What we have here smells far to much like a politically correct solution to a situation that does not address the cure so much as gives increasing tools to criminalize the innocent. So I must suggest that; “The games afoot and someone has some very smelly feet.”

    Comment by Lez Lewis — 01/17/2012 @ 9:11 pm | Reply

  2. “Why can’t we provide an internet that respects copyrighted work and at the same time clears the way for easier and more fair business partnerships, etc.?”

    Exactly. Well put.

    Comment by Dennis Byrne — 01/17/2012 @ 9:55 pm | Reply

  3. I’m with you, John — why can’t we just protect intellectual property and still protect businesses? It seems to me that this is the way it has been set up but people keep breaking the rules anyway. They can’t do ANYTHING about the foreign websites because they are not under our jurisdiction! They need to get serious! Then you have the ones that cry wolf every time someone upsets their apple cart.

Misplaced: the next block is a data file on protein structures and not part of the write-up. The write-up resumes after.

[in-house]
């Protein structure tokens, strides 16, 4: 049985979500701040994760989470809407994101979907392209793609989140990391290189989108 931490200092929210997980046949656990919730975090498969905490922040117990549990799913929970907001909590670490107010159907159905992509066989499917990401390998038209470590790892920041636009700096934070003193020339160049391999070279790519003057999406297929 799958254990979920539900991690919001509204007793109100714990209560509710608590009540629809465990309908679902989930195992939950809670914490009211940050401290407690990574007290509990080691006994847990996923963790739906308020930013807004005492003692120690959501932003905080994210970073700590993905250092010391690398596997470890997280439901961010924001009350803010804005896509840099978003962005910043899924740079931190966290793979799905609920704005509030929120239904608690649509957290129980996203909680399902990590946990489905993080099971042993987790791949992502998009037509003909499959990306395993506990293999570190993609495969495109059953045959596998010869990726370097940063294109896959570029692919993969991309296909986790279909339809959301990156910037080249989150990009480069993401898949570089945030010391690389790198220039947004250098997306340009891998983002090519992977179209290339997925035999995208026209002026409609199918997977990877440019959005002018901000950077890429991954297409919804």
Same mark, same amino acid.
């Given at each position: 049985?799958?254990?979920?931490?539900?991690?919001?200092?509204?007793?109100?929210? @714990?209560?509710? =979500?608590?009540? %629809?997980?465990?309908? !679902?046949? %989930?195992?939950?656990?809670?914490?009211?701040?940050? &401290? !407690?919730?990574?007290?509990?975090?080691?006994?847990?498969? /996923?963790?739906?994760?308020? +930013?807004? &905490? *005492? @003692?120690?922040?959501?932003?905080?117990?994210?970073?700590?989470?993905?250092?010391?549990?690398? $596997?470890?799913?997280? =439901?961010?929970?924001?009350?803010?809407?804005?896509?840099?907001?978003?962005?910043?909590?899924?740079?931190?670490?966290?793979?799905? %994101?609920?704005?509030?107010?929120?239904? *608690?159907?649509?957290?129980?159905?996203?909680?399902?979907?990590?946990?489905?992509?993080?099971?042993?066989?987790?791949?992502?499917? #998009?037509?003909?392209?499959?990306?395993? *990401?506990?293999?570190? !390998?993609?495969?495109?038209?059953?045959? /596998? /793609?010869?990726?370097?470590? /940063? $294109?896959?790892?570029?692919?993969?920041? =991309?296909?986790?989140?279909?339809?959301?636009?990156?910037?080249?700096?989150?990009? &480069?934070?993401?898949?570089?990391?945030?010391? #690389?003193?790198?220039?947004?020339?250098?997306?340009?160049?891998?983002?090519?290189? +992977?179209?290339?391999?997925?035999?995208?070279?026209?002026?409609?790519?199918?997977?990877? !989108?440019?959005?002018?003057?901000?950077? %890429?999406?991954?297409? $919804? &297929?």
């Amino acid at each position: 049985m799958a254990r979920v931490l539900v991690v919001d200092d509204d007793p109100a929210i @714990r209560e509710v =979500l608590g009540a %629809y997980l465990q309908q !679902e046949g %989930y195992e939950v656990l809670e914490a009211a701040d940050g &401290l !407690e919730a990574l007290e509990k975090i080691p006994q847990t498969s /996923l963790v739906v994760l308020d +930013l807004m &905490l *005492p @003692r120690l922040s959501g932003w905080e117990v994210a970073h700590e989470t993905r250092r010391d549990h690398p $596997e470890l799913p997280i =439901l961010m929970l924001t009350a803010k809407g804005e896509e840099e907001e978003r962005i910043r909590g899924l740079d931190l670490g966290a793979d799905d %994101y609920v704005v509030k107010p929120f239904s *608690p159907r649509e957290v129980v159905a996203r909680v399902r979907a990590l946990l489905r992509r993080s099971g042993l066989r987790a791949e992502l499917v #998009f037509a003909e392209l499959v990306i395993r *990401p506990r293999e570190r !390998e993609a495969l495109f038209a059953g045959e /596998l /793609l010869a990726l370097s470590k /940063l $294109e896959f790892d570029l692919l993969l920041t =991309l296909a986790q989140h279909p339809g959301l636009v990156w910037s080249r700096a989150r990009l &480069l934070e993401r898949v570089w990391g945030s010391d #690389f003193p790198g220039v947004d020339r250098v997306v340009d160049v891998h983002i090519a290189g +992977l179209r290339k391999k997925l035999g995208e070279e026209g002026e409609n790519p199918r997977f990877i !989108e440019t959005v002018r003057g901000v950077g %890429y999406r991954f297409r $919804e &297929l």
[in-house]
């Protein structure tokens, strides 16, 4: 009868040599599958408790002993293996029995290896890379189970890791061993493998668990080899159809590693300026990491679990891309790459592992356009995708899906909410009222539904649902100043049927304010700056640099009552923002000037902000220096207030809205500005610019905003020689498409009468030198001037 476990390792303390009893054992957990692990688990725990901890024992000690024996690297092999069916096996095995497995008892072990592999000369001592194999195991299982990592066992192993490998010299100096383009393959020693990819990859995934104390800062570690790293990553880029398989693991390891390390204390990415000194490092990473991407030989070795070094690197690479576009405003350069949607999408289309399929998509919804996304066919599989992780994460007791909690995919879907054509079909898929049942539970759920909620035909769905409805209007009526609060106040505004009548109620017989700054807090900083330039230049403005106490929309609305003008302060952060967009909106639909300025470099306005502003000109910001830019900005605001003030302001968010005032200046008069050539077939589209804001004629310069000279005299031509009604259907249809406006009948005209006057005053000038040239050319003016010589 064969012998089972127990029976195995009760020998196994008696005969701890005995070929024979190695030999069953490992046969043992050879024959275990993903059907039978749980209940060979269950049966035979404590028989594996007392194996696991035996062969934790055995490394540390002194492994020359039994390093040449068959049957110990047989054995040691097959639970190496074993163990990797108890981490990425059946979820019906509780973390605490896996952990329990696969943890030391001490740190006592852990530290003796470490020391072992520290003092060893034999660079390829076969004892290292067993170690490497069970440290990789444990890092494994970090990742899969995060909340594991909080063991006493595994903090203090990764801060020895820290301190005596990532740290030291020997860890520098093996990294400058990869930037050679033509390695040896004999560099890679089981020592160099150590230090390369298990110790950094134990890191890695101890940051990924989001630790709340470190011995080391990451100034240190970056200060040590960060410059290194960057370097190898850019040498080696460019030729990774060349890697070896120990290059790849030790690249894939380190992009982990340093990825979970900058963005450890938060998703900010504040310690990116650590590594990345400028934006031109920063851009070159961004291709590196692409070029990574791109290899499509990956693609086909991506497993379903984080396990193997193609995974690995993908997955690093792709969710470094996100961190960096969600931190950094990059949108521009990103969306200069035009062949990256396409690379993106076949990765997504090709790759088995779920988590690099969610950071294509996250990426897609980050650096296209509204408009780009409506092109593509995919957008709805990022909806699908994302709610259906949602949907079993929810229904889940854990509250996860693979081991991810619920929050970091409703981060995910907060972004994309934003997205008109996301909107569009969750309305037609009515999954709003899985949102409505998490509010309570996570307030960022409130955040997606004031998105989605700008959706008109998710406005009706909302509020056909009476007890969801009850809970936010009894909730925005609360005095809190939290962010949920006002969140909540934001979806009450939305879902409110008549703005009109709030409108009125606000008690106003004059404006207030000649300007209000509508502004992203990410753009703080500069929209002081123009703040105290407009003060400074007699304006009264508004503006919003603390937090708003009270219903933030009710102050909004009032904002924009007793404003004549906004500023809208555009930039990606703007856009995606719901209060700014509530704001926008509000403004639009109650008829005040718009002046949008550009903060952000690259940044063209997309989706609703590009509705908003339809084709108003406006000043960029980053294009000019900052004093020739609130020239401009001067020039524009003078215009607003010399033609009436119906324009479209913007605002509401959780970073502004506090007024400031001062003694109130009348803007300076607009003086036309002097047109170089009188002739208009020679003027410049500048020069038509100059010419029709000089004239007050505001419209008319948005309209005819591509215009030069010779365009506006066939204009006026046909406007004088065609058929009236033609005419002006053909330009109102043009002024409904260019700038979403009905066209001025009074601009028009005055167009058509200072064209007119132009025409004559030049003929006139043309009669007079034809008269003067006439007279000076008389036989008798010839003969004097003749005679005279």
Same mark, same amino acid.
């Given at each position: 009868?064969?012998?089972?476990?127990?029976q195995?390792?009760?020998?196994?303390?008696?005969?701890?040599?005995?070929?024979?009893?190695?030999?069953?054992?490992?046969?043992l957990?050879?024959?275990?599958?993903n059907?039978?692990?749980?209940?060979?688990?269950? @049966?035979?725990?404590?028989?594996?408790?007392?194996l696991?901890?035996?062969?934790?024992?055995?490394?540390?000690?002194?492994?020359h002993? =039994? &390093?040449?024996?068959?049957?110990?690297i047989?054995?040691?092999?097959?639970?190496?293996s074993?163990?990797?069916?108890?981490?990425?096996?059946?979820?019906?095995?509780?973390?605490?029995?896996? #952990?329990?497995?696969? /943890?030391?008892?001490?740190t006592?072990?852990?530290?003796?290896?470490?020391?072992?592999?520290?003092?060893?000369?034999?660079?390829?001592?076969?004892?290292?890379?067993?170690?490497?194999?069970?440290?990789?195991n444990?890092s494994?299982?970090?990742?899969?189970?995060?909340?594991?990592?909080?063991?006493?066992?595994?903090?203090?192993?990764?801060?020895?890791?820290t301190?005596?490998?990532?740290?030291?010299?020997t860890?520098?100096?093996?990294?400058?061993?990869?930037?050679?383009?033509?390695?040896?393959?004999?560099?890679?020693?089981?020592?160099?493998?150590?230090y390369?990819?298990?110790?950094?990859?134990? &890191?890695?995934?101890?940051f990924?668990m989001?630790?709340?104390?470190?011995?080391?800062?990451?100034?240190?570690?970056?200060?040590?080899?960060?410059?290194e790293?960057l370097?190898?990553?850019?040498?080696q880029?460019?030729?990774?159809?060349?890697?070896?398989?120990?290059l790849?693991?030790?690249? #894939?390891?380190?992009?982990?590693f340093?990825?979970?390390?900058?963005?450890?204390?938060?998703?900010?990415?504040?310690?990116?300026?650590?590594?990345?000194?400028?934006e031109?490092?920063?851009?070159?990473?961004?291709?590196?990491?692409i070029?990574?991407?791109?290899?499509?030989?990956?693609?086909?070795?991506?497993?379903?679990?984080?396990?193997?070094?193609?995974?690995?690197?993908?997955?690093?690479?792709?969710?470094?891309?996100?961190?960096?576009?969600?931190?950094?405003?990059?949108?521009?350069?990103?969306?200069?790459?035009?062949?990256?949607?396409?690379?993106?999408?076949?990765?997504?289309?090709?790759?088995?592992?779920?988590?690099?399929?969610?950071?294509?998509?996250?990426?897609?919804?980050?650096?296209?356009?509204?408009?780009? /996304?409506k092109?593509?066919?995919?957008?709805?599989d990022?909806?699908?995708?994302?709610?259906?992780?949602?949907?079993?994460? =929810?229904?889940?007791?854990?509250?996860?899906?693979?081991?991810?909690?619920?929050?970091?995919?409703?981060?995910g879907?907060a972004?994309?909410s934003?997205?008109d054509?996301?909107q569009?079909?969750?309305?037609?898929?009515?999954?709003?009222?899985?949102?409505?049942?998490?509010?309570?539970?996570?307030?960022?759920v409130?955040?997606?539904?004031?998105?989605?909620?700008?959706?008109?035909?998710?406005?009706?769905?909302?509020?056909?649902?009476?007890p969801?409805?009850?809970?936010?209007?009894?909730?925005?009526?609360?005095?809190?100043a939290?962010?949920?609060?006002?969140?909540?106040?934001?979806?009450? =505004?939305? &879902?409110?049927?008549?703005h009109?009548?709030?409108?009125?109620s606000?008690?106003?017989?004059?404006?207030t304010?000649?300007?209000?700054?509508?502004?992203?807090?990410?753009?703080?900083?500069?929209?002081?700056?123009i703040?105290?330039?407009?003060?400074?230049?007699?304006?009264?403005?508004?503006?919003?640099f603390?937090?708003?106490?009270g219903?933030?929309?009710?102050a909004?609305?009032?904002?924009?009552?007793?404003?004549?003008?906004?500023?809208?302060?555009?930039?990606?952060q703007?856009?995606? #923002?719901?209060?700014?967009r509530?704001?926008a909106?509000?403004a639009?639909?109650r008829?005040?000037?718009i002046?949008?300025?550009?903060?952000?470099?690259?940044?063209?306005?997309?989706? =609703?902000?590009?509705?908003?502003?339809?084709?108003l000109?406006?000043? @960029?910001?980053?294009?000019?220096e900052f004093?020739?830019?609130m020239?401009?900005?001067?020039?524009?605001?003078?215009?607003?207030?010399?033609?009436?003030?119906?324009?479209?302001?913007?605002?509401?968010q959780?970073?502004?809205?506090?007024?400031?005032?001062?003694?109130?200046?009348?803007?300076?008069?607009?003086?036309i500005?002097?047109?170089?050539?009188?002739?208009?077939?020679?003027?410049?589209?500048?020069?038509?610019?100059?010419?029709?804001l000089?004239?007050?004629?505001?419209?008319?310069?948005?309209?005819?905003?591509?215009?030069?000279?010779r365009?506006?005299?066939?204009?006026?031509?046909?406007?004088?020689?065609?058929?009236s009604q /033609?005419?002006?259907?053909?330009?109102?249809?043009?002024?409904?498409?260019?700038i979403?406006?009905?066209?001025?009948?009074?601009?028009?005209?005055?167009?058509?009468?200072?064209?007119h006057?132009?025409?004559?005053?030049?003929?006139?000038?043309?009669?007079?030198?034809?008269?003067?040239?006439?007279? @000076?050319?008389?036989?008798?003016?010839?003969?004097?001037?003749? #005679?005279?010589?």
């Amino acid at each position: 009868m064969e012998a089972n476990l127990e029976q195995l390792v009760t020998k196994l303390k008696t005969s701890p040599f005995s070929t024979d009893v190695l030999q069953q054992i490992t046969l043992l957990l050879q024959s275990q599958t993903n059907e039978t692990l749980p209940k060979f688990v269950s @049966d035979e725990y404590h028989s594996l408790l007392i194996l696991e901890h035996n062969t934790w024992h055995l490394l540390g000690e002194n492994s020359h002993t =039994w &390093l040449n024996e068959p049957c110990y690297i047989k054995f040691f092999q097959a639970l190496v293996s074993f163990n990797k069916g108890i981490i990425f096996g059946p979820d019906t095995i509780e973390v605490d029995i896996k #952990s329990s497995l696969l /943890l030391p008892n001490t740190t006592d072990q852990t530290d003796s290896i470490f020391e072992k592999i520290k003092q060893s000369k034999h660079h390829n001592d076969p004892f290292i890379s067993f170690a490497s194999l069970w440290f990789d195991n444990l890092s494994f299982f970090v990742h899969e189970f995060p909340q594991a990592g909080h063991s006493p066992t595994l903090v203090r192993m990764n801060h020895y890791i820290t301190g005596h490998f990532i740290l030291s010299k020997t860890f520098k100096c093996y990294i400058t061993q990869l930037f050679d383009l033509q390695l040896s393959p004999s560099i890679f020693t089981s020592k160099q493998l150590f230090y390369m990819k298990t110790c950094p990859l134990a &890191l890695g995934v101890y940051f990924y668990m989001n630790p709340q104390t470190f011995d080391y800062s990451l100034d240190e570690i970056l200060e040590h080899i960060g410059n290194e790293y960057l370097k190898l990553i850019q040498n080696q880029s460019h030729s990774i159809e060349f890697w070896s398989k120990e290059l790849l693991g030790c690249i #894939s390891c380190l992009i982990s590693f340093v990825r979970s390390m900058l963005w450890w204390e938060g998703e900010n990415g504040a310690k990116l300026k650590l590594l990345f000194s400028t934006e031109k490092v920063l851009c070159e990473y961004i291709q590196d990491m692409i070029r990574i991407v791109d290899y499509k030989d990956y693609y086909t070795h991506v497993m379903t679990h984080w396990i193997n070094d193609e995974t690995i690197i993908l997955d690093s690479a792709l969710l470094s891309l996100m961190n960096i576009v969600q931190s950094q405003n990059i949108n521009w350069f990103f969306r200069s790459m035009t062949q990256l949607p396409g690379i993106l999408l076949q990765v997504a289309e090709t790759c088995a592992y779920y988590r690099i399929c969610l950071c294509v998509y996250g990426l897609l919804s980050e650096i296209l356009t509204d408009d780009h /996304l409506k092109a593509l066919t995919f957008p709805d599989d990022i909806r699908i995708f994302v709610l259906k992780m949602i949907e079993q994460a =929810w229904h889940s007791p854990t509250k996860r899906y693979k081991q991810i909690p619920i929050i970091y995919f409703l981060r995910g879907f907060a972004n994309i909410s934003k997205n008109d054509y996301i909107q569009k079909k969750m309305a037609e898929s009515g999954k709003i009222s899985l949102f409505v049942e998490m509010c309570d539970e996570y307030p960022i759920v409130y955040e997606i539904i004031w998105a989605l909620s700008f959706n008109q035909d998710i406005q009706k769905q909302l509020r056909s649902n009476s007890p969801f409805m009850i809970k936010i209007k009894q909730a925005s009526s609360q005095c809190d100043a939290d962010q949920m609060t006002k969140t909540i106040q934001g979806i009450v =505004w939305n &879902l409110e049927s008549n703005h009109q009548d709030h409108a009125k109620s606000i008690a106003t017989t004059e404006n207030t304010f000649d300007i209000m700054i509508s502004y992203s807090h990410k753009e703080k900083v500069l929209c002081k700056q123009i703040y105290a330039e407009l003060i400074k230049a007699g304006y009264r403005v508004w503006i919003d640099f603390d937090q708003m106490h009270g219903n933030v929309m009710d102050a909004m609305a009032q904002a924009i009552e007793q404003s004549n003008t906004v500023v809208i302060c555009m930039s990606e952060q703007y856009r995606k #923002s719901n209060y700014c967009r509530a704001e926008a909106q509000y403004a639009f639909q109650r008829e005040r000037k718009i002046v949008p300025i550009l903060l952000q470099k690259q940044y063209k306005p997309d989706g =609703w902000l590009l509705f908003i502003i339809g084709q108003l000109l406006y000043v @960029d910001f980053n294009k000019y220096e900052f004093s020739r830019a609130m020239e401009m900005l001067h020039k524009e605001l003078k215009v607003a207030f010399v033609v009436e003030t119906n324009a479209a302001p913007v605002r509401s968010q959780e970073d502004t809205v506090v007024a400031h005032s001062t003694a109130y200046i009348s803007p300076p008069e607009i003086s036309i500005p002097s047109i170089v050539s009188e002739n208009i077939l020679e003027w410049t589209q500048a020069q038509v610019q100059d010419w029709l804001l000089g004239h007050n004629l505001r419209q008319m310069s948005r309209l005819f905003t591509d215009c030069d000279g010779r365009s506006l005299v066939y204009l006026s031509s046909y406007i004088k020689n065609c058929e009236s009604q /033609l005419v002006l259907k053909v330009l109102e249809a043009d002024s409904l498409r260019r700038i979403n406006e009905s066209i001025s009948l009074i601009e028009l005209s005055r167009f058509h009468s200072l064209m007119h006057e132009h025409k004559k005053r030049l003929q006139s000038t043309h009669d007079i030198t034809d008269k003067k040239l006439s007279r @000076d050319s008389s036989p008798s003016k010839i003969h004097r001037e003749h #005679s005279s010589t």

Will it cripple the Internet? You bet! What blogger was it that just got sued for $2 mil because she spoke her negative opinion about some attorney? I found it — here it is: http://www.law.com/jsp/lawtechnologynews/PubArticleLTN.jsp?id=1202534942743&slreturn=1rerHere

    Because she had an opinion she was sued and the judge found her guilty because she was not an official journalist — so she was not protected by the same rights. WTF??? Talk about a way to slap down people and their opinions! This is the fear.

    I’m quite animated about it — don’t try to tell me what I can and can’t say on my own damn blog, or anywhere else for that matter. As Americans, that is so wrong! We cannot let anyone try to censor us! If you get the Federal Gov’t. involved it will only get worse and the courts will be tied up with a lot of nonsense and sue-happy freaks for years on end! Out of fear nobody will want to blog anymore and the blogs that remain, well, nobody will want to read them.